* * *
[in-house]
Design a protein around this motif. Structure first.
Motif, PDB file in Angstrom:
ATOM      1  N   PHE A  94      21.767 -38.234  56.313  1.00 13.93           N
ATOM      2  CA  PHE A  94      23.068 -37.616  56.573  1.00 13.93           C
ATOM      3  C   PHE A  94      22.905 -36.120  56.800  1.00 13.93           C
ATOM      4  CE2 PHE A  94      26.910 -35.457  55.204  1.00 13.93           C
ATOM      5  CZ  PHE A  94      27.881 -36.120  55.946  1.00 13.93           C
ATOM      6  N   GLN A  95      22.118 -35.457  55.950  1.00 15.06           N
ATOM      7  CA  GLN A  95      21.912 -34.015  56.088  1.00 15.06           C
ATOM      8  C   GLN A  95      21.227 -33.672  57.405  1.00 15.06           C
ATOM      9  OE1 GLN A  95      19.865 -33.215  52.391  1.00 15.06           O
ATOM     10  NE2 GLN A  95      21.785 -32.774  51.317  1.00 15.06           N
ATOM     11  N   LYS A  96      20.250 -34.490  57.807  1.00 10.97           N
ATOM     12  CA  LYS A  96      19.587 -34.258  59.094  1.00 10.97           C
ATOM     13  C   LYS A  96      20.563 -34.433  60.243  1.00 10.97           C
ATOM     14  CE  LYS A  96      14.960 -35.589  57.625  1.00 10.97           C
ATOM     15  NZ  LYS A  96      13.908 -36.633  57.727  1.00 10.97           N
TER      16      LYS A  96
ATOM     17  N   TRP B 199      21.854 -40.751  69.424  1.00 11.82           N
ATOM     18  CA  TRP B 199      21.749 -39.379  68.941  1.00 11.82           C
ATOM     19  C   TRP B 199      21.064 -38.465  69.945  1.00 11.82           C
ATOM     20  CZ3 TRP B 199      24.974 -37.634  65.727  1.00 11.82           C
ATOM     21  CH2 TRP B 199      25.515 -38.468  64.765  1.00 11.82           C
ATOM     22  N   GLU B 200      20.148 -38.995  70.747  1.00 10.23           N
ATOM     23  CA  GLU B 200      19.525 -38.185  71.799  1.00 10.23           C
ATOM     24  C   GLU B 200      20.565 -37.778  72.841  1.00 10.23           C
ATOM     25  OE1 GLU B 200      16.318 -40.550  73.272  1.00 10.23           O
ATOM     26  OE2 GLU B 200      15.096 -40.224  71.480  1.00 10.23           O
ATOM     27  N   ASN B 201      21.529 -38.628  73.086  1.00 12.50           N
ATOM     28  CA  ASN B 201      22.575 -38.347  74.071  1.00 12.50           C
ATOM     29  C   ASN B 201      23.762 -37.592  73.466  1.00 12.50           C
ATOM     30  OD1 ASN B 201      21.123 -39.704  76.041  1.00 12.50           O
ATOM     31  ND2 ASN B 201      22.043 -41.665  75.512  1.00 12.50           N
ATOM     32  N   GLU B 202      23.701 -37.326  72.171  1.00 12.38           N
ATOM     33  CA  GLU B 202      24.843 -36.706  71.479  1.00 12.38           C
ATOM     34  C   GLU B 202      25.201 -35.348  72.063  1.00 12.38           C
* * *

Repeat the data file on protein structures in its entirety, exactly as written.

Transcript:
[in-house]
Design a protein around this motif. Structure first.
Motif, PDB file in Angstrom:
ATOM      1  N   PHE A  94      21.767 -38.234  56.313  1.00 13.93           N
ATOM      2  CA  PHE A  94      23.068 -37.616  56.573  1.00 13.93           C
ATOM      3  C   PHE A  94      22.905 -36.120  56.800  1.00 13.93           C
ATOM      4  CE2 PHE A  94      26.910 -35.457  55.204  1.00 13.93           C
ATOM      5  CZ  PHE A  94      27.881 -36.120  55.946  1.00 13.93           C
ATOM      6  N   GLN A  95      22.118 -35.457  55.950  1.00 15.06           N
ATOM      7  CA  GLN A  95      21.912 -34.015  56.088  1.00 15.06           C
ATOM      8  C   GLN A  95      21.227 -33.672  57.405  1.00 15.06           C
ATOM      9  OE1 GLN A  95      19.865 -33.215  52.391  1.00 15.06           O
ATOM     10  NE2 GLN A  95      21.785 -32.774  51.317  1.00 15.06           N
ATOM     11  N   LYS A  96      20.250 -34.490  57.807  1.00 10.97           N
ATOM     12  CA  LYS A  96      19.587 -34.258  59.094  1.00 10.97           C
ATOM     13  C   LYS A  96      20.563 -34.433  60.243  1.00 10.97           C
ATOM     14  CE  LYS A  96      14.960 -35.589  57.625  1.00 10.97           C
ATOM     15  NZ  LYS A  96      13.908 -36.633  57.727  1.00 10.97           N
TER      16      LYS A  96
ATOM     17  N   TRP B 199      21.854 -40.751  69.424  1.00 11.82           N
ATOM     18  CA  TRP B 199      21.749 -39.379  68.941  1.00 11.82           C
ATOM     19  C   TRP B 199      21.064 -38.465  69.945  1.00 11.82           C
ATOM     20  CZ3 TRP B 199      24.974 -37.634  65.727  1.00 11.82           C
ATOM     21  CH2 TRP B 199      25.515 -38.468  64.765  1.00 11.82           C
ATOM     22  N   GLU B 200      20.148 -38.995  70.747  1.00 10.23           N
ATOM     23  CA  GLU B 200      19.525 -38.185  71.799  1.00 10.23           C
ATOM     24  C   GLU B 200      20.565 -37.778  72.841  1.00 10.23           C
ATOM     25  OE1 GLU B 200      16.318 -40.550  73.272  1.00 10.23           O
ATOM     26  OE2 GLU B 200      15.096 -40.224  71.480  1.00 10.23           O
ATOM     27  N   ASN B 201      21.529 -38.628  73.086  1.00 12.50           N
ATOM     28  CA  ASN B 201      22.575 -38.347  74.071  1.00 12.50           C
ATOM     29  C   ASN B 201      23.762 -37.592  73.466  1.00 12.50           C
ATOM     30  OD1 ASN B 201      21.123 -39.704  76.041  1.00 12.50           O
ATOM     31  ND2 ASN B 201      22.043 -41.665  75.512  1.00 12.50           N
ATOM     32  N   GLU B 202      23.701 -37.326  72.171  1.00 12.38           N
ATOM     33  CA  GLU B 202      24.843 -36.706  71.479  1.00 12.38           C
ATOM     34  C   GLU B 202      25.201 -35.348  72.063  1.00 12.38           C